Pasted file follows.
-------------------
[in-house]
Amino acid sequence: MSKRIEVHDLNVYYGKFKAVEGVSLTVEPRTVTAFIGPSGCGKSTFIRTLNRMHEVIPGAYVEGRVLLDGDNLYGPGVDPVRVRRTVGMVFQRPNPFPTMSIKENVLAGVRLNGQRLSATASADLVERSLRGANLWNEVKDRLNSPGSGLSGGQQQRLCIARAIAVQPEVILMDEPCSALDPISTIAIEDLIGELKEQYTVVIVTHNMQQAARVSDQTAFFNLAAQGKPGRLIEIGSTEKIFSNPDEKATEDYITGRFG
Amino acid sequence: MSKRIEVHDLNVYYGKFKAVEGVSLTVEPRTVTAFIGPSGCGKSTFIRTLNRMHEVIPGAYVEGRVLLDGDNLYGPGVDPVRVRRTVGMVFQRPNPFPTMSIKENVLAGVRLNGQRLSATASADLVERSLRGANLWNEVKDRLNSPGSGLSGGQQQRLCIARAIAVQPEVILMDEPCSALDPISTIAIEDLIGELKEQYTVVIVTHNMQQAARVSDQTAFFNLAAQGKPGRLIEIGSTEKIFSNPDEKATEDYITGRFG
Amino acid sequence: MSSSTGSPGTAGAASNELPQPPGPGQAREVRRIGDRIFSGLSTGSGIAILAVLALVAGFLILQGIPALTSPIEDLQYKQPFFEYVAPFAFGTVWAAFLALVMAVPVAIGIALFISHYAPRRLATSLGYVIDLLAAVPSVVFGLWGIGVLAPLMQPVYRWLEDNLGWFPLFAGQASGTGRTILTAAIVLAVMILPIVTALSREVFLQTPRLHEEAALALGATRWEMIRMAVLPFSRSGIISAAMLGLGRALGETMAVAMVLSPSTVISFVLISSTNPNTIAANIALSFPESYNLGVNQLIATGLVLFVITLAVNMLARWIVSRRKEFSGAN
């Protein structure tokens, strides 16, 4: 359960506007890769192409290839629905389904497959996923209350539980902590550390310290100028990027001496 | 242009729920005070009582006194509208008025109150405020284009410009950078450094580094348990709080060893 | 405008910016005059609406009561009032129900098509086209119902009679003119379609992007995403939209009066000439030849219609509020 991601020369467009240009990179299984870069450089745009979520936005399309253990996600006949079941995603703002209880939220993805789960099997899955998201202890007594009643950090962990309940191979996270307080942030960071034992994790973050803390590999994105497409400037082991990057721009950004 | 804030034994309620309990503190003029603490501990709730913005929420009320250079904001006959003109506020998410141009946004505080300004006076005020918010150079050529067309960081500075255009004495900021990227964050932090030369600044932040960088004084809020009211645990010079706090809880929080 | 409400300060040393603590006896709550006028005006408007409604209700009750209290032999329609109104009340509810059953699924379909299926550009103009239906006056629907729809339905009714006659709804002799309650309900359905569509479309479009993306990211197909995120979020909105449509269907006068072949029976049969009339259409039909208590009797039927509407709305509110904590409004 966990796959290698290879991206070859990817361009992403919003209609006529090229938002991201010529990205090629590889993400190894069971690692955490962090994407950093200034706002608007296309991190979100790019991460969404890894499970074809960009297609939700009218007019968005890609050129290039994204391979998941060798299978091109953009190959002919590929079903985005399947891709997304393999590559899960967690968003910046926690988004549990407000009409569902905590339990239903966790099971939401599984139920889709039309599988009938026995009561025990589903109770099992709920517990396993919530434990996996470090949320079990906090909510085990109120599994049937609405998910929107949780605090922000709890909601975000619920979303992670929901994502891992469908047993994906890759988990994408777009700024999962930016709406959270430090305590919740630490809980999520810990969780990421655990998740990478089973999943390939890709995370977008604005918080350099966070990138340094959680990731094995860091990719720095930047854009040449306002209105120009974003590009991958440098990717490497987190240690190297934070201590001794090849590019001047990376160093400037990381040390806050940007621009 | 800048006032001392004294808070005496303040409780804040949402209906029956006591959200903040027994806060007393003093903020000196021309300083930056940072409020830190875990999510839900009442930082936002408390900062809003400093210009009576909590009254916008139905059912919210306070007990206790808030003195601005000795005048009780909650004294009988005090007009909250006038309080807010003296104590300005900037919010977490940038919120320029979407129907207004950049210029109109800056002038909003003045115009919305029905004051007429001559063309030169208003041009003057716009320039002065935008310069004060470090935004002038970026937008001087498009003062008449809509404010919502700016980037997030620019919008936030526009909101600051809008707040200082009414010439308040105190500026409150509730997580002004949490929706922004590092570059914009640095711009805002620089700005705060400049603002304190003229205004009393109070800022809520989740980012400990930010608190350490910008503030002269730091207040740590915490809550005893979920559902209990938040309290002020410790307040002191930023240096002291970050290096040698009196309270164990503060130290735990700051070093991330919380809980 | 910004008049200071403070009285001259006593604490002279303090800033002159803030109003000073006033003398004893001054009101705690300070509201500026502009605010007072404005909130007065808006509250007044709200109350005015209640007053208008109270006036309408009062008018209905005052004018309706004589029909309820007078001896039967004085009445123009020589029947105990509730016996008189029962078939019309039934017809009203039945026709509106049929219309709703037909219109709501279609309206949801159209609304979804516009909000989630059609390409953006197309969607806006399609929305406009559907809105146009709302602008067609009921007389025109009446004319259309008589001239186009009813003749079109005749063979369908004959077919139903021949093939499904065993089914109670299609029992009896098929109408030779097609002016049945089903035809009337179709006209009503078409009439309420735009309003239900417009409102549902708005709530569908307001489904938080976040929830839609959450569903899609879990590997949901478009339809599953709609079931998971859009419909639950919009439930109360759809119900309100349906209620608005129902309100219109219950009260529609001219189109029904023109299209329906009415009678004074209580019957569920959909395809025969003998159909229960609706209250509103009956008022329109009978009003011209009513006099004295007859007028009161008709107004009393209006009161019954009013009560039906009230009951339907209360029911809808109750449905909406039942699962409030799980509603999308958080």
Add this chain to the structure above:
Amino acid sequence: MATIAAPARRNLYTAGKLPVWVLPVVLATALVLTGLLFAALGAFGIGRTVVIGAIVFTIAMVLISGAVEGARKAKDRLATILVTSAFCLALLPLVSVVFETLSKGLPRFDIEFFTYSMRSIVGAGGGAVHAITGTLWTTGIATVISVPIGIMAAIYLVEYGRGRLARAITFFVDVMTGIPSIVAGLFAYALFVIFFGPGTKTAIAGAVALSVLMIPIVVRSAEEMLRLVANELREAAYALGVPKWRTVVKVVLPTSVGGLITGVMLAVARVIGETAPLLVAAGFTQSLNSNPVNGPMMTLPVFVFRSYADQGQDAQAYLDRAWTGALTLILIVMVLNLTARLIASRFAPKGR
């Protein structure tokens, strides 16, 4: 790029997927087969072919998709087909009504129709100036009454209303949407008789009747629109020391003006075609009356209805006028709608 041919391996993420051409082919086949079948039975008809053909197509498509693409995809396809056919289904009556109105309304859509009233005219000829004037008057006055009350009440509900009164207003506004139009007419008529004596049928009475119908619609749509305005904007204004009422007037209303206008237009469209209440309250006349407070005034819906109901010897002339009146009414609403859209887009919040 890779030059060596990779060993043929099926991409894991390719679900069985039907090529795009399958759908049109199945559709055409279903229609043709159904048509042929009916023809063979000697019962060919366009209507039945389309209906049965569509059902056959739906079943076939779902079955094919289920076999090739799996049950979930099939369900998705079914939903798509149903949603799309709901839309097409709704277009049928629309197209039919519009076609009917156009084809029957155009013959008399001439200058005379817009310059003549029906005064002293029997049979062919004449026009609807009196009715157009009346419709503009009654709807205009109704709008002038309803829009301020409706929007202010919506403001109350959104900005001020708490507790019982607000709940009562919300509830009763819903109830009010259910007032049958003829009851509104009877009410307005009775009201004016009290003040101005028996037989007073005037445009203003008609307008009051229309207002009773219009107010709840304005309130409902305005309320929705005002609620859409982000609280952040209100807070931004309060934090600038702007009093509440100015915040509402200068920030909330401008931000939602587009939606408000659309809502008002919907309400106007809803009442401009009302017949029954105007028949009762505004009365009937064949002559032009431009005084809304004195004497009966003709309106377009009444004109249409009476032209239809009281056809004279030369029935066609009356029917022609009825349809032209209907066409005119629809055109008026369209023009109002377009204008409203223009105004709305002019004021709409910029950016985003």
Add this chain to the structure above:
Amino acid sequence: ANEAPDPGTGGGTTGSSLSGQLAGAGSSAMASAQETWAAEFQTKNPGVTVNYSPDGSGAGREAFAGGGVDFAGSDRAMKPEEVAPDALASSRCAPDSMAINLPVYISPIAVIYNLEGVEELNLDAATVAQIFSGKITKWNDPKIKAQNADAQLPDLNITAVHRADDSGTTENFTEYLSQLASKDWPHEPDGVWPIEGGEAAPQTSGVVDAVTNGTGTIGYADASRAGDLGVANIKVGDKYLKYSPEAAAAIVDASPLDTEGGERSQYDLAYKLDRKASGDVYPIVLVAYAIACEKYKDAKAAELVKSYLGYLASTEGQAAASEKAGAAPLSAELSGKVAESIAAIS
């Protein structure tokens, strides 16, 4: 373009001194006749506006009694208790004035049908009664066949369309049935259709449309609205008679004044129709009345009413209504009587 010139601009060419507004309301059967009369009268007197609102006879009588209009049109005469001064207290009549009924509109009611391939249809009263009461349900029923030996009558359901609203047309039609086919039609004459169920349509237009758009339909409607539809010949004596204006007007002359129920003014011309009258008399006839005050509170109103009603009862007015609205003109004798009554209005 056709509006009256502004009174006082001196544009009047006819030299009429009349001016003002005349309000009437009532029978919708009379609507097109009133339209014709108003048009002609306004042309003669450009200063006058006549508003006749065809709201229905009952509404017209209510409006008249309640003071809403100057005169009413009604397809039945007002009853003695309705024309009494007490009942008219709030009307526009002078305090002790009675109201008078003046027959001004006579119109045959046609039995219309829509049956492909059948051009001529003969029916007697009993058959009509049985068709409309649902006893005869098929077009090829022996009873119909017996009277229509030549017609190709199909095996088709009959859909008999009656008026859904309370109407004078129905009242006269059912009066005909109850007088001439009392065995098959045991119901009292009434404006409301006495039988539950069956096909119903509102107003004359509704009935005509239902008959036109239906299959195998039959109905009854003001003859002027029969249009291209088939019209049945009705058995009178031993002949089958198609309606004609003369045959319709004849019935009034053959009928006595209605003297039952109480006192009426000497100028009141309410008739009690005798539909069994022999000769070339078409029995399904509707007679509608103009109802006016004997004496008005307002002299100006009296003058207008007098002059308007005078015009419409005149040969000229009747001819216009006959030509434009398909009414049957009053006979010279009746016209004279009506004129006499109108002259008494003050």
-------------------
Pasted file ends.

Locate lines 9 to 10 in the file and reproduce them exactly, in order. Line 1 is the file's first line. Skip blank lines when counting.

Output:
Add this chain to the structure above:
Amino acid sequence: ANEAPDPGTGGGTTGSSLSGQLAGAGSSAMASAQETWAAEFQTKNPGVTVNYSPDGSGAGREAFAGGGVDFAGSDRAMKPEEVAPDALASSRCAPDSMAINLPVYISPIAVIYNLEGVEELNLDAATVAQIFSGKITKWNDPKIKAQNADAQLPDLNITAVHRADDSGTTENFTEYLSQLASKDWPHEPDGVWPIEGGEAAPQTSGVVDAVTNGTGTIGYADASRAGDLGVANIKVGDKYLKYSPEAAAAIVDASPLDTEGGERSQYDLAYKLDRKASGDVYPIVLVAYAIACEKYKDAKAAELVKSYLGYLASTEGQAAASEKAGAAPLSAELSGKVAESIAAIS